A Matter of Life and Death (1946)

Michael Powell | 1hr 44min

When it comes to the formal technique of shifting from black-and-white to colour that Michael Powell so effectively uses in A Matter of Life and Death, two other films come to mind – The Wizard of Oz and Stalker. All three movies are masterpieces and use this switch to contrast reality with a metaphysical dream space, and yet Powell’s work is using this device to an entirely different effect. Here, it is the Earth that is flooded with beautiful technicolour, and the surreal afterlife that is shot in black-and-white. Where The Wizard of Oz and Stalker celebrate the magic of other worlds, A Matter of Life and Death is in love with the joys of living.

Brilliant, vivid Technicolor photography on Earth, very distinguished from the monochrome afterlife.

The scenes of the afterlife are gorgeous in their own way though. It is made up of impressive set pieces, the two most notable being the stairway to heaven adorned with statues of historical figures, and the gigantic amphitheatre sitting inside a spiral galaxy. It isn’t exactly surrealist cinema, but there are unique images here that would not look out of place in a Luis Buñuel film, with the metaphor of the stairway entering the frozen operating room especially making powerful and imaginative visual statement.

One of Powell’s greatest set pieces, the stairway to heaven lined with statues of historical icons.
The stairway to heaven meets the operating theatre, one fate being decided in material and immaterial realms. Fantastic surrealism in this gorgeous finale.

In fact, the editing preceding this moment is impressive in itself, foreshadowing the eventual meeting of the afterlife and the real world. Peter’s fate is being decided in both places at once, by both brain surgeons and a jury of deceased men. It is left deliberately vague as to which group holds more power, as the entire afterlife could be all in Peter’s imagination. But the point remains – the metaphysical and physical worlds are inextricably bound to each other.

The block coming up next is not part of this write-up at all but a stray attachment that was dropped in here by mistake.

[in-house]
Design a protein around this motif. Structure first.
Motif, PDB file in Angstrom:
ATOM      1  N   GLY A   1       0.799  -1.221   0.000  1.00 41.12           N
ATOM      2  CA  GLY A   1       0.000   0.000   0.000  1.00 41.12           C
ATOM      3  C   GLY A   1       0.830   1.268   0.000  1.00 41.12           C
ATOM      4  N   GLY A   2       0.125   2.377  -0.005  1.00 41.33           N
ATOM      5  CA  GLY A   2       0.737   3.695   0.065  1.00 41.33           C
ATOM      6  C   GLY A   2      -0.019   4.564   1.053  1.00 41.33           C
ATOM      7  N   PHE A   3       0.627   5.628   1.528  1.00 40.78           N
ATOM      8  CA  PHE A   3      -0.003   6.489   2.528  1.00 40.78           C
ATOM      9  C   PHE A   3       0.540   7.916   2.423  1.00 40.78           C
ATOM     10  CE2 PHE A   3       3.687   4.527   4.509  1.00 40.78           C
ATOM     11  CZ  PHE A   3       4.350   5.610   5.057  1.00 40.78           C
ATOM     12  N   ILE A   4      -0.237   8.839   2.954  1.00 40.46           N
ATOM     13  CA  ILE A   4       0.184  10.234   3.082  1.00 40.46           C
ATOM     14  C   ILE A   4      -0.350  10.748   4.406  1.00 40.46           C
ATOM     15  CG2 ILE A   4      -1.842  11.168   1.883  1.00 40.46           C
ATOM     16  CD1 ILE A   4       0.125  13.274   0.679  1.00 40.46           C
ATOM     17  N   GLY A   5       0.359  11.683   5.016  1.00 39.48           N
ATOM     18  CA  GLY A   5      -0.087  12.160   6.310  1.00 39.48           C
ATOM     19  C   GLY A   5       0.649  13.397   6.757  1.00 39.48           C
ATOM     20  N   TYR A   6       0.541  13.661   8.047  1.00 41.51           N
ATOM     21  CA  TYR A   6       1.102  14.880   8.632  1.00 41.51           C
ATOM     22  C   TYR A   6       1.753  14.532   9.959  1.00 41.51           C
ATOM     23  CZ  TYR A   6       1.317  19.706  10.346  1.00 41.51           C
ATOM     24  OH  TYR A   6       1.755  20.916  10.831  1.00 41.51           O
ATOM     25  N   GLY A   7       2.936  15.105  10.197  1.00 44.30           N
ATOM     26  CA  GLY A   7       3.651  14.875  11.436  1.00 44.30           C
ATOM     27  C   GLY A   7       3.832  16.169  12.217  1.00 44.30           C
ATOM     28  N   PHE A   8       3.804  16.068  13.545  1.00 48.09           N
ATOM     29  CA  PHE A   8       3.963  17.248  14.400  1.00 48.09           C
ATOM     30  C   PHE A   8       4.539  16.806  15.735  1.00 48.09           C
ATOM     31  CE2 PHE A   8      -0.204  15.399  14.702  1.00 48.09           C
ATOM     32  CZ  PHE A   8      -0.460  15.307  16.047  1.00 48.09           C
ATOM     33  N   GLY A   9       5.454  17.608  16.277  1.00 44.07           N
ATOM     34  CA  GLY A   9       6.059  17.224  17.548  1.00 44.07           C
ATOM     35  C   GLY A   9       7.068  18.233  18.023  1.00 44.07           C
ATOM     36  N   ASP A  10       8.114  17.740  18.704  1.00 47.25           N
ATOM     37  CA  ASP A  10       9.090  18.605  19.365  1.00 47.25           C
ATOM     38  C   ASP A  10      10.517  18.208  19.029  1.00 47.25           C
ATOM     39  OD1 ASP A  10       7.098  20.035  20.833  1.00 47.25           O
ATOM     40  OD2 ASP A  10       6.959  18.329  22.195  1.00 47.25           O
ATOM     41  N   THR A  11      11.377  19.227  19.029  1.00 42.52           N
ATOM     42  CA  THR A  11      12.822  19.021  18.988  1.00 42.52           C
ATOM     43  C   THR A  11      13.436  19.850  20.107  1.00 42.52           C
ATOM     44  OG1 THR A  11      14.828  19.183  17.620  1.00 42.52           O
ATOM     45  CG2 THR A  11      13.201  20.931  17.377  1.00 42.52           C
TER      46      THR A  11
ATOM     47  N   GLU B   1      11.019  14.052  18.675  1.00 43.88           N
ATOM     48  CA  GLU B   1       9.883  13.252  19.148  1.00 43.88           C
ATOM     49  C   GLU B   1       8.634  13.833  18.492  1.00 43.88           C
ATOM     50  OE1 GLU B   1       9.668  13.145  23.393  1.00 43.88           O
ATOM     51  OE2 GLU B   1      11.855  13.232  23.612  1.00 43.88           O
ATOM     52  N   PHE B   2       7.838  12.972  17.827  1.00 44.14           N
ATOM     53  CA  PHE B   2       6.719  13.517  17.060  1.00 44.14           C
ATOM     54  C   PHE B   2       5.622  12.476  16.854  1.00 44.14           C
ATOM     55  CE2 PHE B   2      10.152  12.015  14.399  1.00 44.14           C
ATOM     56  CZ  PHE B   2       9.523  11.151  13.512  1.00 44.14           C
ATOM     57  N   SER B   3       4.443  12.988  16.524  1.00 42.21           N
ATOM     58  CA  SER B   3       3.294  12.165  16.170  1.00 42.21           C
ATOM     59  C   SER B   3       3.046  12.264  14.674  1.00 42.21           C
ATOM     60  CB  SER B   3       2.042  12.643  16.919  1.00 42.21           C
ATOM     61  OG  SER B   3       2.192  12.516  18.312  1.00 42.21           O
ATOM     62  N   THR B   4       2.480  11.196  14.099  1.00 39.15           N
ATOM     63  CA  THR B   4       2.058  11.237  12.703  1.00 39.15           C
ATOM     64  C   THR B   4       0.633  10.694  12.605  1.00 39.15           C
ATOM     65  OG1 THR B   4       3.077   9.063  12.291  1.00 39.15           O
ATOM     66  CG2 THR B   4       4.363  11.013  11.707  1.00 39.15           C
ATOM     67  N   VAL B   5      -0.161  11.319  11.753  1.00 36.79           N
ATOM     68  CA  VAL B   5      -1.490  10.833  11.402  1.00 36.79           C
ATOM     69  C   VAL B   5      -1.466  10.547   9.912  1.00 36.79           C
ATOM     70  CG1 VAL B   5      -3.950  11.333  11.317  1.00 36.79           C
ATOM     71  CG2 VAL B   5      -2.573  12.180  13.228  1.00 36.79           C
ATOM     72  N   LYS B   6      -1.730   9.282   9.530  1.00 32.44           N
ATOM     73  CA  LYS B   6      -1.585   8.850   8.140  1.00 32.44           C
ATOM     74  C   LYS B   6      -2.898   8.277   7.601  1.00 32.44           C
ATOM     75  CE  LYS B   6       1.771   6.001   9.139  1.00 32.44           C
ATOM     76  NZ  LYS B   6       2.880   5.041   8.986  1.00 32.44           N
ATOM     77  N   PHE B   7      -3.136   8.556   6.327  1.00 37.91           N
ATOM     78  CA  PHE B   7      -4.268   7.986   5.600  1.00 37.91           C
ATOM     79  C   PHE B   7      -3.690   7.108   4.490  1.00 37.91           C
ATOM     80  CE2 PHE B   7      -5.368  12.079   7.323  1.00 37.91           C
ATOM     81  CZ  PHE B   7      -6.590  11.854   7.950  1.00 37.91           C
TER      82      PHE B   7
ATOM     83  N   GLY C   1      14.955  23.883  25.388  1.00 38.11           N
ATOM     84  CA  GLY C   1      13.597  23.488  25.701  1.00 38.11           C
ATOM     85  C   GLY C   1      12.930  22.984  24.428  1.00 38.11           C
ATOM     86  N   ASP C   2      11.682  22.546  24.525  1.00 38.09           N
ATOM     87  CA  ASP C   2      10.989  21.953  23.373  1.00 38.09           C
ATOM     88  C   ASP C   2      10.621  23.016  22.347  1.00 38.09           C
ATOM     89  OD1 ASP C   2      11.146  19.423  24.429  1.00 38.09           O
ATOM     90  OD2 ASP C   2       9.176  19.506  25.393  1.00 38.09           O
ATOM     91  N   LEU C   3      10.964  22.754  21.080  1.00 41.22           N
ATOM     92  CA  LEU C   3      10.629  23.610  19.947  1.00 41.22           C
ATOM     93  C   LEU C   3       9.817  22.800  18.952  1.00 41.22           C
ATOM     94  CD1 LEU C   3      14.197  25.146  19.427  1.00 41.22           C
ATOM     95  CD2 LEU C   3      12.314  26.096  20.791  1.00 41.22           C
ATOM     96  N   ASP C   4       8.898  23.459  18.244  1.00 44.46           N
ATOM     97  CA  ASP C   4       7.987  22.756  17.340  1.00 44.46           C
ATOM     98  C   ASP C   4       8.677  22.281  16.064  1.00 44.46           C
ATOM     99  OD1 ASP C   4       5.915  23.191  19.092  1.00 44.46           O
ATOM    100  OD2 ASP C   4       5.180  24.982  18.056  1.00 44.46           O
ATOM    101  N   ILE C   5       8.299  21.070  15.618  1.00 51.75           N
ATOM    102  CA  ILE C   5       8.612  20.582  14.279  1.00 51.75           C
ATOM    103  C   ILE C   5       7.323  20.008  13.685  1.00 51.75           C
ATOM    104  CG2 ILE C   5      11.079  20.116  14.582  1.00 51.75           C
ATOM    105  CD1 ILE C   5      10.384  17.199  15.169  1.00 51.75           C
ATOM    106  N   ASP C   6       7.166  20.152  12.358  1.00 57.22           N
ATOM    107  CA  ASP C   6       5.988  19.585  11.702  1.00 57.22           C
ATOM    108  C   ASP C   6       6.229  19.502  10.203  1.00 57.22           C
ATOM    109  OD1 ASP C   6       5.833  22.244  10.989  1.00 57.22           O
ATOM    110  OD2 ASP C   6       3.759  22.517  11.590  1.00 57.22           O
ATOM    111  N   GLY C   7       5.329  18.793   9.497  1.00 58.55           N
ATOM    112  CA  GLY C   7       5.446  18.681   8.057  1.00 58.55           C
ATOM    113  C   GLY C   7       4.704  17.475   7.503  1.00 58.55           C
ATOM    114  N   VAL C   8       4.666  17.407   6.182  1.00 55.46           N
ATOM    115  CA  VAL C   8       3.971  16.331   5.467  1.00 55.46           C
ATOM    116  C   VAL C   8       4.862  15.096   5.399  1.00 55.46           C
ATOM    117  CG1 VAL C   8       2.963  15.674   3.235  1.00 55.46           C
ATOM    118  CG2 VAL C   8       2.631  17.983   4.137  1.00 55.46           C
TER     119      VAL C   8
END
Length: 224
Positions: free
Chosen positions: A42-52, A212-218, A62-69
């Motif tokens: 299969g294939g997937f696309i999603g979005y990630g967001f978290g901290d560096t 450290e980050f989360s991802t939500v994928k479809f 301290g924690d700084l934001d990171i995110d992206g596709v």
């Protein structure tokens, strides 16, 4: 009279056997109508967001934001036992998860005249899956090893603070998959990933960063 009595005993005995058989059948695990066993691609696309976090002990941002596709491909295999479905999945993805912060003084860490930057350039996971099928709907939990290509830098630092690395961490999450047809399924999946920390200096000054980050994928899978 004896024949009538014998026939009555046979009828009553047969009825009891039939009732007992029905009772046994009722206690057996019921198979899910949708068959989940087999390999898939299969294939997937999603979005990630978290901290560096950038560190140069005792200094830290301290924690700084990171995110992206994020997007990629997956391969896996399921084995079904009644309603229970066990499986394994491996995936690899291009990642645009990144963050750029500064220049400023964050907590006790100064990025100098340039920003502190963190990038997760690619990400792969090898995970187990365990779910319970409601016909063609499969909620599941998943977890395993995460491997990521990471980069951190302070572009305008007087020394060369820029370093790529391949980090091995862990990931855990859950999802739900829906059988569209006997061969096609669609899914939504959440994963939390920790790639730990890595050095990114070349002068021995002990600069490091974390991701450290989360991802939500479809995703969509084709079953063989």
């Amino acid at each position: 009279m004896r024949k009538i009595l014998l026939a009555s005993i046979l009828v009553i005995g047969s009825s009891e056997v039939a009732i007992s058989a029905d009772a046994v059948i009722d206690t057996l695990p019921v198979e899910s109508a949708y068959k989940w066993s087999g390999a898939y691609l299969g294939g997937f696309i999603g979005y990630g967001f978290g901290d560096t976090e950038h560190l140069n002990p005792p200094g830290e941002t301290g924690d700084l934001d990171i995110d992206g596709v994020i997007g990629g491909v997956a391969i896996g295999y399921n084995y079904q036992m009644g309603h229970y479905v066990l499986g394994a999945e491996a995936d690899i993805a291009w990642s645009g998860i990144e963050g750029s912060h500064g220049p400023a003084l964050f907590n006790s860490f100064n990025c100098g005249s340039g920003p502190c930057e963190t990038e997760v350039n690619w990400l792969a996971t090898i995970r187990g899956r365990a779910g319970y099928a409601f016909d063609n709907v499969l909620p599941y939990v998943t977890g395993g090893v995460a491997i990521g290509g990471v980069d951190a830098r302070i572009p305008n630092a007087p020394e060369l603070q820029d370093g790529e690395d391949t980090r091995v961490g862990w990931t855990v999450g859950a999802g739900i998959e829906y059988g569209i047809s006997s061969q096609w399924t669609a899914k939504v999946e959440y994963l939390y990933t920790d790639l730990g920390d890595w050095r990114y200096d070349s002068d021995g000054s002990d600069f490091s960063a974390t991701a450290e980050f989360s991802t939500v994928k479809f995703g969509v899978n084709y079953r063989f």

It is a tricky formal balance that Powell maintains in painting out this relationship, with both always offering counterpoints to each other. If life wins in one moment, then death will later hit back in a similar manner. This isn’t just in Peter’s story, but in Dr Reeves’ own fatal motorbike accident, foreshadowed earlier by a narrowly missed collision. Each of these characters’ lives is positioned on a knifepoint, and it is this fragility that makes them all the more precious.

A precarious balance between life and death in a simple, elegant transition. Powell starts with a close-up on this delicate flower on Earth, and then as his camera pulls back he washes away all colours in his shot, and the scene shifts to the afterlife without so much as a cut.

Peter sinks into the background in the final act which suddenly zooms out and adjusts to a massive scope, giving enormous weight to his life. His agency is taken away, and his fate rests in the hands of both friends and enemies with the power to grant him either life or death. All of history comes to bear witness to the decision, with rows upon rows of deceased people from different periods and cultures watching to see whether he will come and join their ranks.

Epic scope and scale – the people and civilisations of human history come to bear witness to this monumental trial.

The random Midsummer Night’s Dream reference serves to emphasise the afterlife as a relaxed, comedic, pastoral place, and much like the final lines of the play, A Matter of Life and Death essentially tells us in fewer words:

“If we shadows have offended,

Think but this and all is mended,

That you have but slumber’d here,

While these visions did appear.”

In short, everything we might have just watch may or may not be a dream. That will be left up to us.

Most of all though, A Matter of Life and Death is an allegory, manifesting the deciders of our fate in the afterlife. The romance never develops past the initial honeymoon phase, closing the film on the sweet, final words:

“We won.”
“I know, darling.”

And leaving them at that point is absolutely the right choice. Peter and June’s futures are undefined, but as long as they are alive it is in their hands.

Michael Powell’s long dissolves, blending images to create a masterful composition of faces.

A Matter of Life and Death is currently available to stream on SBS On Demand, and available to rent or buy on iTunes.


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